Arctic Ice in 2017 – Normal

A little excursion to check on the progress of the Arctic ice, the Northern Hemisphere Total Ice from the U.S. National Ice Center, www.natice.noaa.gov.  The chart below shows the results, with the blue shaded area the maximum and minimum range for the past 10 years.  The 10-year average is the black dotted line.  The results for 2017 are shown in the blue solid line.    The black circle (added) shows the latest data for mid-July.   (link to the graph, which is updated regularly.)

We are right on the average, and have been so since the first of May.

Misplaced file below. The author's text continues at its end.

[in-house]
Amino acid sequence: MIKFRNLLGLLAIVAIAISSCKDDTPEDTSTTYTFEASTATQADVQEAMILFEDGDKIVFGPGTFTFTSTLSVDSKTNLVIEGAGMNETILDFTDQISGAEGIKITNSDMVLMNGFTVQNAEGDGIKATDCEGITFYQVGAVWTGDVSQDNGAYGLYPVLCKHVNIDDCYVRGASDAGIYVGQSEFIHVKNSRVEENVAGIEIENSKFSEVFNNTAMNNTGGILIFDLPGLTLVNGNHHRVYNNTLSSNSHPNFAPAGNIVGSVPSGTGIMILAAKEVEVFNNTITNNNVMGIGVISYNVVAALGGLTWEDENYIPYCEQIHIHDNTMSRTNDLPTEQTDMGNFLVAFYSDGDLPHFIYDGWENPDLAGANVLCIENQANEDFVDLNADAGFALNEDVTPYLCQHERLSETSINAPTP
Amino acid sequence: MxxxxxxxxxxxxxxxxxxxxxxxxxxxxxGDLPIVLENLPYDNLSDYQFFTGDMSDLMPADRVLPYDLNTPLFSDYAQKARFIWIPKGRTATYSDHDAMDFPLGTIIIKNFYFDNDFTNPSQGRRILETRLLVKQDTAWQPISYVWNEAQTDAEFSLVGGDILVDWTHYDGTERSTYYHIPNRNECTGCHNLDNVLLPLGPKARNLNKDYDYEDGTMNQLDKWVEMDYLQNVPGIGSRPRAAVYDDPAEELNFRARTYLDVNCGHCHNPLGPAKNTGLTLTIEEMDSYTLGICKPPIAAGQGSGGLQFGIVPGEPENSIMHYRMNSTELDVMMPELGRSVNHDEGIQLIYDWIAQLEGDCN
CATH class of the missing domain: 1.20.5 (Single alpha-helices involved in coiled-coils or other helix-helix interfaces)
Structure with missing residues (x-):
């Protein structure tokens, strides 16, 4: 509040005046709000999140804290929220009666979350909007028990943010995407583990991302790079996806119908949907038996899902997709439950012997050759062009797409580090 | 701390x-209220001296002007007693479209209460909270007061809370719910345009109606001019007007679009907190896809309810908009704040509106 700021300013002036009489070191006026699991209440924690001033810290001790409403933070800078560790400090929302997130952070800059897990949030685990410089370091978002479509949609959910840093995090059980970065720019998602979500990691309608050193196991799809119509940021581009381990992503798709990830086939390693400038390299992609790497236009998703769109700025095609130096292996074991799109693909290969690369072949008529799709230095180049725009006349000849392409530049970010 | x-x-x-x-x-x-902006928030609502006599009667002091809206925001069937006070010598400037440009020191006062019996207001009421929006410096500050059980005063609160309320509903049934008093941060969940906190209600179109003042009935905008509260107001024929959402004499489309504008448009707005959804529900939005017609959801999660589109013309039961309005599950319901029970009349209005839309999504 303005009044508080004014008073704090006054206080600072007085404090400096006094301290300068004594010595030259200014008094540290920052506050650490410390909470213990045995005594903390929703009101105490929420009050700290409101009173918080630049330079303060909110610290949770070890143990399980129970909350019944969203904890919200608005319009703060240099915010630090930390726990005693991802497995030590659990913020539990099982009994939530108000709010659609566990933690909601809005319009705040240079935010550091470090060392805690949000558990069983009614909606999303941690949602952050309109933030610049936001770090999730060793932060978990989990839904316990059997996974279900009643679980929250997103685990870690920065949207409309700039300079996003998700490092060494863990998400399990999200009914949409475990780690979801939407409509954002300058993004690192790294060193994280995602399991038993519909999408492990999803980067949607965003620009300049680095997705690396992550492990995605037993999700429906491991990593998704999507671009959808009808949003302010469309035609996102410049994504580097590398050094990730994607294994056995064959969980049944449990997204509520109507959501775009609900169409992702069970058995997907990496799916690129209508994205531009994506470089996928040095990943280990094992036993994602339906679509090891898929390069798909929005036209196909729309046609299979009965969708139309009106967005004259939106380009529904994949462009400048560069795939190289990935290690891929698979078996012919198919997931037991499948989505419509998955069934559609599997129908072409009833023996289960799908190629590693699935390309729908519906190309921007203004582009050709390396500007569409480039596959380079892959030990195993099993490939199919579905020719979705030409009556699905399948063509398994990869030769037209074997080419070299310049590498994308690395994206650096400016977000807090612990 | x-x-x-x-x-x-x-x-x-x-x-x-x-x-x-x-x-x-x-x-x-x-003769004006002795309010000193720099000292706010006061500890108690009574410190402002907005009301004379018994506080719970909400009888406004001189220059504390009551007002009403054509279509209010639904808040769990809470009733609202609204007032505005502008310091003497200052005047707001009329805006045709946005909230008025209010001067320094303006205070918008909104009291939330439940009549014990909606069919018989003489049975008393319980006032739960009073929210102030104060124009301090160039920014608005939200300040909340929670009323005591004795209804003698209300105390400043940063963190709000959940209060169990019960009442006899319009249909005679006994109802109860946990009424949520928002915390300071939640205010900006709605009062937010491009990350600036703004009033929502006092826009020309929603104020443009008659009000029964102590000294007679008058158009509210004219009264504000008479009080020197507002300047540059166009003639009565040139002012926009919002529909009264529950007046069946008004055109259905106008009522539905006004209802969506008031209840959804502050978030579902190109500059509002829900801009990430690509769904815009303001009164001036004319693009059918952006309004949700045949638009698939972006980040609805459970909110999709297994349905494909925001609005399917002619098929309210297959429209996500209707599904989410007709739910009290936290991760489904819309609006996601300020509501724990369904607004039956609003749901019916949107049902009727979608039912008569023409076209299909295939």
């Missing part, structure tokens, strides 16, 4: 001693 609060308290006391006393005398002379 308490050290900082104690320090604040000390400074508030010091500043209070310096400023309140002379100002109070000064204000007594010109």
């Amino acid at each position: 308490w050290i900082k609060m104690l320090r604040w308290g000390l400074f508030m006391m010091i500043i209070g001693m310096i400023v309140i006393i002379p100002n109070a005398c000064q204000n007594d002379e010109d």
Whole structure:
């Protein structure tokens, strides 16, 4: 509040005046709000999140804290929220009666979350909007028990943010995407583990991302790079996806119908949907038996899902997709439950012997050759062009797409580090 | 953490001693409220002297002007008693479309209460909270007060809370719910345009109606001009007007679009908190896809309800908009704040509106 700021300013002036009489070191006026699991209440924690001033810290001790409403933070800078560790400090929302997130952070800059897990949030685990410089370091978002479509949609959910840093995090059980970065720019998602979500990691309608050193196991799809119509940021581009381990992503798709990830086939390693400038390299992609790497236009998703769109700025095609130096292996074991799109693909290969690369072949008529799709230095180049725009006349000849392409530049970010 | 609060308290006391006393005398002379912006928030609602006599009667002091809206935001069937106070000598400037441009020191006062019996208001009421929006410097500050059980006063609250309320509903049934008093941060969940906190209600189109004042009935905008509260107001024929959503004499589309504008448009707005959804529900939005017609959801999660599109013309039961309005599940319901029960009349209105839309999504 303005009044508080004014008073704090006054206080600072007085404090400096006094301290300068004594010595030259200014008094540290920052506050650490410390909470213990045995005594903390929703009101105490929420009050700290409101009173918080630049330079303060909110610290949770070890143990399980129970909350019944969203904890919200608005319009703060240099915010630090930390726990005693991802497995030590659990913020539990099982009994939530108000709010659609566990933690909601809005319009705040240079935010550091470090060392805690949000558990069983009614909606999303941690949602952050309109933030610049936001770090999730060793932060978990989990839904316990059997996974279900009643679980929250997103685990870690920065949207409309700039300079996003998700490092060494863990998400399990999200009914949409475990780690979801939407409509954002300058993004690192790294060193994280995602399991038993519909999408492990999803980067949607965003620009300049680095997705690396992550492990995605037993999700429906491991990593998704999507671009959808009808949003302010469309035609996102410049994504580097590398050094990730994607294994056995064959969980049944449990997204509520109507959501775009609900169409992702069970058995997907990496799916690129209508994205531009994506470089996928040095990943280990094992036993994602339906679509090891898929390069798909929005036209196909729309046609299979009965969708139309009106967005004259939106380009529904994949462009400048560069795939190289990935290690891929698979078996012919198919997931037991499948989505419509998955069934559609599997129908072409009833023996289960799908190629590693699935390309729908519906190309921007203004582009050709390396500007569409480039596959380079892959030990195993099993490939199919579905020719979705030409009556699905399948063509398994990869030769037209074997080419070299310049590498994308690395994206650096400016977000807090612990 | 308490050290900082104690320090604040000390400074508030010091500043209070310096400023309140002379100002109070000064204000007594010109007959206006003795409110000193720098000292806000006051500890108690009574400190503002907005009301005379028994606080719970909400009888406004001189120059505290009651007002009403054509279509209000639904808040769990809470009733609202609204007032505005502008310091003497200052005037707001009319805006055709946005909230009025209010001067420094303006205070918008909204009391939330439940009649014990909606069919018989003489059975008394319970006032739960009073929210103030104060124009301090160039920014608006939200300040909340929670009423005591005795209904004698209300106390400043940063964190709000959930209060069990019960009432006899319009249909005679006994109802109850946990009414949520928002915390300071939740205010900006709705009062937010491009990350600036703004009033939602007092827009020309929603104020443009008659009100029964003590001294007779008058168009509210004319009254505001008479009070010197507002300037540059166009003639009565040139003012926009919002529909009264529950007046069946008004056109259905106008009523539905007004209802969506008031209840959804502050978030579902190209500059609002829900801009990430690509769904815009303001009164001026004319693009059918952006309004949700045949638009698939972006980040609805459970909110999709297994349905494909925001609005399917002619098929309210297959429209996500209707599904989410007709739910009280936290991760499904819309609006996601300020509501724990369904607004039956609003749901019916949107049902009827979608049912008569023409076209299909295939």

What has this to do with chemical engineering?   Radiant heat transfer, and insulation, for starters.  Taking note of the data at the far left, from March 1 to about May 1, shows the 2017 data was slightly below the ten-year average.   Is that cause for alarm, is the Earth overheating and the ice melting away?    No.

Screenshot (229)

The reduced amount of ice typically leaves  open seawater, that loses heat to space in the dark winter.  Ice acts as an insulator, preventing or reducing the rate of heat transfer.  To the extent there is open water, heat is radiating from the water into deep space.

There are other data that show no warming.  These will be addressed in future posts.

 

Roger Sowell

copyright 2017 by Roger Sowell, all rights reserved